Chasing Pigeon: The Bad Reporter
by Geoff Kelly - posted 5:41 pm, October 28, 2008
In this week’s Niagara Falls Reporter, editor Mike Hudson writes:
Speaking of the Buffalo News, you may have noticed that Bob McCarthy — who seems to be assigned to the Tom Golisano beat — didn’t write a word about the Buffalo Sabres owner’s $10 million gift to Niagara University a couple of weeks ago.
It was the largest financial endowment in the august 152-year history of the venerable institution, after all.
But I think I have it figured out. McCarthy is paid by Warren Buffett and who knows who else not to report on Golisano in any generally accepted use of the term. In reality, he makes his money by smearing Golisano at every opportunity.
Anyway, we’ll see whether he writes about it next week when grand larceny charges against the sole source he used in attempting to harm the reputation of the Niagara Falls Reporter in a fraudulent Sept. 28 News story are filed by the Niagara Falls Police Department.
We’re guessing he won’t, since the charges will serve to completely discredit his earlier attempt at journalism.
As a rule, I won’t rush to the defense of the Buffalo News generally or Bob McCarthy specifically. And, though I don’t much care for the politics of Steve Pigeon, who so far has spent $3,283,730.06 of his patron’s money this election season, I do like Tom Golisano. (What’s not to like? The Sabres are winning. His company prints my paycheck twice a month. He’s pro-windpower, anti-casino, and the Buffalo Niagara Partnership leadership hates him.) But I wonder why Hudson thinks a political reporter like McCarthy should write about a donation to a university? What was wrong with Jay Rey’s front-page, above-the-fold Buffalo News story on October 8? Was that insufficient coverage of the gift?
No, it’s that “fraudulent Sept. 28 News story” that draws Hudson’s bile. Former Reporter publisher Bruce Battaglia accused Hudson of taking money from Pigeon in exchange for editorial services rendered—two attack pieces on Sam Hoyt, for example, and a piece promoting Joe Mesi—and McCarthy wrote a piece about the resulting squabble. Hudson, meantime, convinced the Reporter’s board and shareholders that Battaglia was stealing money from the paper. Hudson and the paper’s soon-to-be-new publisher voted to kick Battaglia off the three-member board; then, using proxy votes obtained from the majority of the paper’s shareholders, the two fired Battaglia as publisher. Whether or not this sad family drama will actually end in criminal charges remains to be seen. I hope not, for the karmic health of all parties.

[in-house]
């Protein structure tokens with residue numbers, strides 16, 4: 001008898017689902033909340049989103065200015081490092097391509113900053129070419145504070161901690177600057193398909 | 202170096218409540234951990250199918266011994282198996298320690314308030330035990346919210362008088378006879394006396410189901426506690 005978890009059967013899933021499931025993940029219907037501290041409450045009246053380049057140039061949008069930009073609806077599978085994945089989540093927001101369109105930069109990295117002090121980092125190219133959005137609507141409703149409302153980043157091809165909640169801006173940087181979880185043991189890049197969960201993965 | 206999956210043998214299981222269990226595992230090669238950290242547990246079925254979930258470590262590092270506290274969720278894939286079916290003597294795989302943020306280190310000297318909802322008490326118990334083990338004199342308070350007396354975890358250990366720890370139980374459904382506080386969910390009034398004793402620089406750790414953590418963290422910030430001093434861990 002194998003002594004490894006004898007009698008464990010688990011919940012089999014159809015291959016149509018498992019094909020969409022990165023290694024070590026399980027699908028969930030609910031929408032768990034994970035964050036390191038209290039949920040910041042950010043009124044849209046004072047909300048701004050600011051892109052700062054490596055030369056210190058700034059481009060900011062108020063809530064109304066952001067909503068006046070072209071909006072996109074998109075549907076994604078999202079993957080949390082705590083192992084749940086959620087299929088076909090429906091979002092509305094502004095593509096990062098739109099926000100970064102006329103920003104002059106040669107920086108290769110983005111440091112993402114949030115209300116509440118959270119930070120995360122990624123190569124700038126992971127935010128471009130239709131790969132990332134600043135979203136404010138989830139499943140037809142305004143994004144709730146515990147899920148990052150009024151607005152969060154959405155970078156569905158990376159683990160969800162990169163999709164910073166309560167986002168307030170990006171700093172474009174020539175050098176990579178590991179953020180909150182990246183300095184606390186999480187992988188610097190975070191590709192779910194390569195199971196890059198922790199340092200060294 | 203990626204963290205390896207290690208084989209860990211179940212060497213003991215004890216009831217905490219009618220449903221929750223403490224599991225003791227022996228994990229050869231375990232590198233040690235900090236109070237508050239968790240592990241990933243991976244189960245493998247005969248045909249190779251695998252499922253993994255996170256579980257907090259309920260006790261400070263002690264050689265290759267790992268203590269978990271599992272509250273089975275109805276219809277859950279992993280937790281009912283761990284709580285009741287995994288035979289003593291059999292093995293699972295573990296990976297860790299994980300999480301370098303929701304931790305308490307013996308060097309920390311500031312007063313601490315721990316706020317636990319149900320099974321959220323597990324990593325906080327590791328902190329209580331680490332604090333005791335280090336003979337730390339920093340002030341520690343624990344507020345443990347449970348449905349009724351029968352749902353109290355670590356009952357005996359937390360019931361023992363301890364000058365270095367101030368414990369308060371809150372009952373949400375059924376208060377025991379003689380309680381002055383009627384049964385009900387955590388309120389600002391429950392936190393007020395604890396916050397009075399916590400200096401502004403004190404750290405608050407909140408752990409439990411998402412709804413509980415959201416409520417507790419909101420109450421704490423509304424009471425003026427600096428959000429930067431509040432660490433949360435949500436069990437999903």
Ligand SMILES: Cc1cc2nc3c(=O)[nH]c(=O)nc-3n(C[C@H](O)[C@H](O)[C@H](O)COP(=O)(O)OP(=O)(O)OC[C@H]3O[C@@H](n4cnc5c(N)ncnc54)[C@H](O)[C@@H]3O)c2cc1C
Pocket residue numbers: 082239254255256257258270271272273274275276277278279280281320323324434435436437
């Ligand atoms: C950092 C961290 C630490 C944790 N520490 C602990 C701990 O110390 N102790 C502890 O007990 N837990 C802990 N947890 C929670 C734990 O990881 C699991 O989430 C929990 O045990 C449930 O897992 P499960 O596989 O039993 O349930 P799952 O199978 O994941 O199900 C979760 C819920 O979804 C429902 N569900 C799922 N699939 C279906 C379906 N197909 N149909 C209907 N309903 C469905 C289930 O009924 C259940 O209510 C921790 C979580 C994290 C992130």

At the shareholders meeting in which Battaglia was fired, Hudson acknowledged that Pigeon had in fact paid for an extra press run and expanded distribution of an edition sporting a cover story about Hoyt’s affairs with interns. (At least, that was the cover in Buffalo—the papers distributed in Niagara Falls that week had Mayor Paul Dyster on the cover. Hudson claimed Pigeon had not paid for the extra expense for printing separate covers.) Responsible New York, the committee funded by Golisano and directed by Pigeon, supports Mesi and opposed Hoyt in his primary against Barbra Kavanaugh. So Pigeon’s motive in picking up the tab is clear.
The extra papers and distribution could not have cost too much, in any case; the bill certainly did not approach the $5,000 mark, at which point Responsible New York would be required by state election law to itemize the expense.
Here’s the germane paragraph:
Whenever a person or entity, such as a consultant acting on behalf of a committee which supports or opposes candidates for any pubic office or party position or which supports or opposes any proposition, subcontracts for finished goods or services, the treasurer of the committee shall, in addition to reporting the expenditure made to such consultant or agent, report the name, address and amount expended to each person or entity providing such goods or services the cost of which exceeds, in the case of a committee supporting candidates for statewide office, $ 10,000 and all other committees, $ 5,000.
Leave aside whatever petty cash Pigeon has thrown Hudson’s way for advertisements, extra papers, and extended distribution. There’s no crime there except against journalistic sensibilities.
But that provision of the election law suggests that Responsible New York should itemize and report payouts over $5,000 by limited liability corporations like Landen Associates (a consulting firm controlled by Pigeon), which spent $93,103 of Golisano’s money on print ads in the last month alone. And what about New York Media Strategies (controlled by Pigeon associate Jack O’Donnell), which has spent $1,286,000 of Golisano’s money in the last month on TV advertising? Certainly some of those expenditures exceeded $5,000.
The law allows Responsible New York to file itemized breakdowns of its consultants’ spending on behalf of candidates after the election, but don’t count on that happening: This section of New York election law is routinely ignored. (A source at the local board of elections said Eliot Spitzer was the only candidate to have complied in recent years.) And Responsible New York did not file such reports after the September’s primary election, as the law requires.
More on Pigeon’s bad reporting on Thursday.